Wild Youth Passages group therapy reports success as it prepares for next cohort
Program open to middle, high school students
Rural communities such as Summit County can sometimes struggle with providing adequate mental health resources to all residents. For example, access to adolescent psychiatrists or intensive outpatient programs may be lacking. That’s why Wild Youth Passages was born last year to help serve teenagers in the region, providing group therapy weekly.
Case manager Laura Landrum said she was approached by her peers who said that they wanted something for teens coming from residential care.
“They’ve gone and done this intensive treatment that, for some (teenagers), last months, and they come back to the community and have an individual therapist and there is just not that much else for them,” Landrum said.
Landrum, while at Building Hope Summit County as the coordinator with the youth HYPE program, asked Kristen Greenwald, a licensed clinical social worker, to develop the program and Landrum started on as a volunteer. Greenwald is the clinical director of Wild Youth Passages and lead clinician. There is also an assistant clinician in addition to the case managers.
It launched in September and was originally planned to be a three-month program for high schoolers. Now, Wild Youth Passages help five high school students and six middle school students among the case managers, and they are preparing for the next cohort of incoming students.
Landrum reported that a high number of teen participants come from institutionally underserved and historically resilient communities like LGBTQ and Latino teenagers. The teens have moderate to severe acuity mental health challenges, such as depression and severe anxiety. Landrum said the vast majority of had expressed suicidal ideation and been hospitalized at some point when they started treatment.
Wild Youth Passages is just one aspect on a spectrum of care. Participants are required to have an individual therapist, and Greenwald said the program does often see teens individually if appropriate care can’t be found. Greenwald said she serves as the individual therapist for about a quarter of participants. If more care or different resources are needed, Wild Youth Passages will help connect the individual with the proper avenues.
Currently, the high school students meet on Wednesdays, while the middle school students meet Saturdays. Landrum said she’s been able to assist with pre-collegiate schooling and get them connected with jobs. Landrum said research has shown it is positive for students to have an adult outside of the household who they trust for guidance.
With parent permission, Wild Youth Passages supports the teenagers outside of the group whenever it is clinically appropriate.
“We aren’t a crisis service, but we do have teenagers who experience pretty acute episodes in their life, difficult moments, and we try our best outside of our typical weekly therapy group to meet them and support them in that,” Greenwald said. “… The goal is stabilization and de-escalation.”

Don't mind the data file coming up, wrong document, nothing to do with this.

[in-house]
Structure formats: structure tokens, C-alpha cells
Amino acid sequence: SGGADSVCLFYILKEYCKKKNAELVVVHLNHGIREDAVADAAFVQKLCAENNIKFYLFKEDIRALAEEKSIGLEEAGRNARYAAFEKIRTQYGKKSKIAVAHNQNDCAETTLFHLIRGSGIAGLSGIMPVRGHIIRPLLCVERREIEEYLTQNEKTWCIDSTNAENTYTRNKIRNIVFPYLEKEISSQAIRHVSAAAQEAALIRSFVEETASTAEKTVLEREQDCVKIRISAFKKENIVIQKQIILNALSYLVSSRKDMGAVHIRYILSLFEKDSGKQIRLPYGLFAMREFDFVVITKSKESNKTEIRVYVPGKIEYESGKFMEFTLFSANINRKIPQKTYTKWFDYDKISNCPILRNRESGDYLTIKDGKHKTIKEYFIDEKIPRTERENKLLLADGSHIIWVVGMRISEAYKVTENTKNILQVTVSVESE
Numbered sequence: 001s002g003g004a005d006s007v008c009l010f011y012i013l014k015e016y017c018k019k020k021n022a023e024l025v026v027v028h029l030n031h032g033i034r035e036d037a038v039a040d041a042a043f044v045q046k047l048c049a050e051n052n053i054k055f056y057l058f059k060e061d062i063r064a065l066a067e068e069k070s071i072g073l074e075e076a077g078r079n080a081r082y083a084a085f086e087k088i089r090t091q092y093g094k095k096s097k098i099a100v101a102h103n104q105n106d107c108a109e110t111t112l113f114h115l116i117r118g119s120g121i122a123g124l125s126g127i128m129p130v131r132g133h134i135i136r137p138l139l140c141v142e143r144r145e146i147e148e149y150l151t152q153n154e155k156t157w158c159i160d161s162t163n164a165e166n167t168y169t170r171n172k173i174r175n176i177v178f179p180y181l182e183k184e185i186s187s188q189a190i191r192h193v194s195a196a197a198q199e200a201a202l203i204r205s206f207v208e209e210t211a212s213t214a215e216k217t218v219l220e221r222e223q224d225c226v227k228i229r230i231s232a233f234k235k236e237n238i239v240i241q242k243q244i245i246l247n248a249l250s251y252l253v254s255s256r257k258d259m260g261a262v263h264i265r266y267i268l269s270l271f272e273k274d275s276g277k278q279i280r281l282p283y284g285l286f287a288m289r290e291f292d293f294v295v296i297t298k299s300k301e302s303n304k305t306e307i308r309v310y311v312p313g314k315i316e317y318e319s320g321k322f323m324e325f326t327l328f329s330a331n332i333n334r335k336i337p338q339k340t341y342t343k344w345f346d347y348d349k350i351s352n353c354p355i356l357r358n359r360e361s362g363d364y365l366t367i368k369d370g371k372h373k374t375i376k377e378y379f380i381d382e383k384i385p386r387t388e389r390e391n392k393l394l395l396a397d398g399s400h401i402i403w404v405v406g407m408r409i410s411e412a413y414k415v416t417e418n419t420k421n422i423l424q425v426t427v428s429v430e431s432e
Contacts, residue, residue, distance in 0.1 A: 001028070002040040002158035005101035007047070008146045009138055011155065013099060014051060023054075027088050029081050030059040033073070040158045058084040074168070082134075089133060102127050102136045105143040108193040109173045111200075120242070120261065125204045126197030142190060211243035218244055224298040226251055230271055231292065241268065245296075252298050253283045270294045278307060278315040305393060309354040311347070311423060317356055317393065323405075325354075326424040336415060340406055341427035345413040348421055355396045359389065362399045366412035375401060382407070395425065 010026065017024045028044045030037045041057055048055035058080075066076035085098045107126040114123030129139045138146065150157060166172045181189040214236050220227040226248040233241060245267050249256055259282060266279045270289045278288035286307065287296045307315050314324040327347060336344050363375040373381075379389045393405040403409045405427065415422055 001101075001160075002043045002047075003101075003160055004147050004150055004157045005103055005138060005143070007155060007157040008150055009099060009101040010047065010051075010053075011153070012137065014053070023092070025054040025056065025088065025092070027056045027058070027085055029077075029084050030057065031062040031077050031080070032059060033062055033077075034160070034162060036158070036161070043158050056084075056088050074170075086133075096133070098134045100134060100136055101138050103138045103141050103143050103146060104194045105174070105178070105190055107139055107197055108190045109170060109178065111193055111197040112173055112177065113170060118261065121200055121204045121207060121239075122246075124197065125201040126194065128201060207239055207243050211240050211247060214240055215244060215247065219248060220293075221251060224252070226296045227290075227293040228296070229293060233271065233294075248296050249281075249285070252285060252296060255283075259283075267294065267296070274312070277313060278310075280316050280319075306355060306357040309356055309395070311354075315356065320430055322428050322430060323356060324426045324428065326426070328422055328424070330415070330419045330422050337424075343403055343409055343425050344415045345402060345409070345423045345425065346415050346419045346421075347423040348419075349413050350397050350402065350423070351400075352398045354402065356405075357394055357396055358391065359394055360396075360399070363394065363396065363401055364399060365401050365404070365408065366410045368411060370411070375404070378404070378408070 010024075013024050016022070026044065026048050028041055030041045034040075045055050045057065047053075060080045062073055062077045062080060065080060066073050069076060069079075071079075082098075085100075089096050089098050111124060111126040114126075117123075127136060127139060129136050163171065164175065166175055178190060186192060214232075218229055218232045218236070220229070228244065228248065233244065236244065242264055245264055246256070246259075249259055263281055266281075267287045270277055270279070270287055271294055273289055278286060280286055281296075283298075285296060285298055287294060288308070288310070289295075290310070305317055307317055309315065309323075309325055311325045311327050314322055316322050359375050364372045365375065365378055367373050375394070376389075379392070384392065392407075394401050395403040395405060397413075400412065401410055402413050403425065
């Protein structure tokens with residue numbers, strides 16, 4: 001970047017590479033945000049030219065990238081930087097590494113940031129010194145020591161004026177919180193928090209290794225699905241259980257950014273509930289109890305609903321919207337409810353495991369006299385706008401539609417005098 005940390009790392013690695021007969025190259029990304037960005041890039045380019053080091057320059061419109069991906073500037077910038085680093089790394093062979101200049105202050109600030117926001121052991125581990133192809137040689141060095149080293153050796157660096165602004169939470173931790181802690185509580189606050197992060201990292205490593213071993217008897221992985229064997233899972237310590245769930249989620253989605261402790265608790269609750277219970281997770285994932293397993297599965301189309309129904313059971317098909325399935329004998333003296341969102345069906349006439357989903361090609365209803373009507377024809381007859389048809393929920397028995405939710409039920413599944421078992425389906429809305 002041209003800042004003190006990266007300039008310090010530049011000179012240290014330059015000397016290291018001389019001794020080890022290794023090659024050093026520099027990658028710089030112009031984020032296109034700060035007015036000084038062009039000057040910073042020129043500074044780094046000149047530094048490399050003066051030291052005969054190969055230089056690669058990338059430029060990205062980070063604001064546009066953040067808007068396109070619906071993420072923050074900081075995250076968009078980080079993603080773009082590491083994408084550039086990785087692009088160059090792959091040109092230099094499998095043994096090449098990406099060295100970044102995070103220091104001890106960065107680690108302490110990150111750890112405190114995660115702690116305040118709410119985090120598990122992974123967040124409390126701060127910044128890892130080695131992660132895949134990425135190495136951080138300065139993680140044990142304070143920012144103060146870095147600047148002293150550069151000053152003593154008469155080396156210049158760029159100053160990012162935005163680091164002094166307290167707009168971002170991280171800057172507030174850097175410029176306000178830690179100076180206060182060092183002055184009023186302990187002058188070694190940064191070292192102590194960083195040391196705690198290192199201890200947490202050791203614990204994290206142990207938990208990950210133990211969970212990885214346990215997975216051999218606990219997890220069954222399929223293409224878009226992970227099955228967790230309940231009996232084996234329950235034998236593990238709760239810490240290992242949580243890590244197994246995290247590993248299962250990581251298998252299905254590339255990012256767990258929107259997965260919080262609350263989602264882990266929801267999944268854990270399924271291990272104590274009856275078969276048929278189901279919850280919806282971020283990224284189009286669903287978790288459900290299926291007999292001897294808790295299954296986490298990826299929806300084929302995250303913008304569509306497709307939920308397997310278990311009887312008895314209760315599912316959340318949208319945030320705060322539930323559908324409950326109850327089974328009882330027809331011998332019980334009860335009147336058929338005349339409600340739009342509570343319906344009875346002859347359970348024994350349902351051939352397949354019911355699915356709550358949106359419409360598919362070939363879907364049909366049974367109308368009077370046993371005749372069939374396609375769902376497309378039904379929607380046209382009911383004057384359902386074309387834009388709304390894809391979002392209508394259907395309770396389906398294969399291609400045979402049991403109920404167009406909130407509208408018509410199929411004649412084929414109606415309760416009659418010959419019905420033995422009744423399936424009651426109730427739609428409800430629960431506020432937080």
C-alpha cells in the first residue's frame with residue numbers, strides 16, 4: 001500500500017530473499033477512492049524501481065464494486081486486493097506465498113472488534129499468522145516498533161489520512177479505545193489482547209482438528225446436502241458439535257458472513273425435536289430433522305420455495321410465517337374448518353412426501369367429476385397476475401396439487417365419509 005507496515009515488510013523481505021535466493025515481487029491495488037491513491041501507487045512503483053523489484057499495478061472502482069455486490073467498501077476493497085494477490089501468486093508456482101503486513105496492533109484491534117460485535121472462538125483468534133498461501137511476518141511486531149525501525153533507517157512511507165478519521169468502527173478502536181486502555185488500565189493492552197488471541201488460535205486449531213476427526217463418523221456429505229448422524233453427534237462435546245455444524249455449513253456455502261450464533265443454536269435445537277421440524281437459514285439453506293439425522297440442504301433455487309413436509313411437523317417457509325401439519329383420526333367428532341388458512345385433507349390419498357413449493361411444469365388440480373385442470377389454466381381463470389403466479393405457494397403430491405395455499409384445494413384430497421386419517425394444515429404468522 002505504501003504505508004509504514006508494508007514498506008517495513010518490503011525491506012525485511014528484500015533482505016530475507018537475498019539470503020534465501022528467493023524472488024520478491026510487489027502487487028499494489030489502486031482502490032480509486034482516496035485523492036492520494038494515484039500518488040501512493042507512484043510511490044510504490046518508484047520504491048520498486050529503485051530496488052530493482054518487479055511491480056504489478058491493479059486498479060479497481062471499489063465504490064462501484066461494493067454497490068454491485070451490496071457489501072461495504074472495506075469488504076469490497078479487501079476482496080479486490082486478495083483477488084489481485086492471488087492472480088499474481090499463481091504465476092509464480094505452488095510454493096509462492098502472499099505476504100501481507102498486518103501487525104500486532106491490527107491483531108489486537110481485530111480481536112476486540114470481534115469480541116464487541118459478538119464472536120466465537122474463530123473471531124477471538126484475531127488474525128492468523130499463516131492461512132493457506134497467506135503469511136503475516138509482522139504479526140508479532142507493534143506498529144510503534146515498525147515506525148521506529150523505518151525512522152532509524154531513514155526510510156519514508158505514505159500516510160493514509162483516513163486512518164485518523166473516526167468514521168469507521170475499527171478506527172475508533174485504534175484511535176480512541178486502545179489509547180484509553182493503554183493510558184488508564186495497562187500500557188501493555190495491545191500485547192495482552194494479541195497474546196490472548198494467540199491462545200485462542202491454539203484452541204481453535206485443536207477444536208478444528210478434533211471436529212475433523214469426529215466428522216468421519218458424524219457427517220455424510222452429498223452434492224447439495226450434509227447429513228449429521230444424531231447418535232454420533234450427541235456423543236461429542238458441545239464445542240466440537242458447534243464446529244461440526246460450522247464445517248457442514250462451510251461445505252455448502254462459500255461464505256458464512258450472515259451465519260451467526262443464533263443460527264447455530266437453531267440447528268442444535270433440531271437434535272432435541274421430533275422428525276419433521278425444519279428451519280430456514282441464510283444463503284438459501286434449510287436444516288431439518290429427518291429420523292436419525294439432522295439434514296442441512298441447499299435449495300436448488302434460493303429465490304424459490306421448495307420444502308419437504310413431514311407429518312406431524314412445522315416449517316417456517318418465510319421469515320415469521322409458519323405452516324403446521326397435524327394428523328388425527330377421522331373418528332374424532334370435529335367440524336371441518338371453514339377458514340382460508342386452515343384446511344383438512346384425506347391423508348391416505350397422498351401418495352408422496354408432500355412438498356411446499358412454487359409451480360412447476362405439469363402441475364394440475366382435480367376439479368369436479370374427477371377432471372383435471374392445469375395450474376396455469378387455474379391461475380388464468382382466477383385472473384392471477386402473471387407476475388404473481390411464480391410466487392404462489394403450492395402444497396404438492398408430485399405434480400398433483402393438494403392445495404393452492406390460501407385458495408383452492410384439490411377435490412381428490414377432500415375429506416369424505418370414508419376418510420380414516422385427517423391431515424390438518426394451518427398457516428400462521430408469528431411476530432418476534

Yet one of the larger aspects of improving the teens’ mental health has been introducing them to the outdoors and other aspects of the county they may be unfamiliar with, such as going mountain biking with The Cycle Effect. The students have also hiked, camped, rock climbed in Buena Vista and went on a backcountry hut trip to Francie’s Cabin with Breckenridge Outdoor Education Center.
Claire DiCola, associate program director for admissions at the education center, partnered with Landrum and Greenwald to organize the events. She said helping people navigate challenges has always been a part of the center, but Wild Youth Passages has been able to take it a step forward with the therapy.
“It is very inspiring,” DiCola said. “It’s been nice to have the consistency of people coming back multiple times in our programs, too.”
The therapy is paying off. Landrum said they are seeing statistical and clinical improvements overall and that there have been zero suicide attempts by anyone in the group.
The idea in the future is to graduate teens out of the weekly program after a year, Landrum said, and possibly create an alumni program. For the upcoming year, Landrum is hoping to enroll 10 teenagers in each age bracket.
“These kids are opening up,” Landrum said. “They’re telling us about their past and how they feel about things. They’re starting to make some really insightful realizations about who they are and what they want to become.”
Wild Youth Passages is entirely free, including transportation. People can email Greenwald at email@example.com for more information and an application packet.
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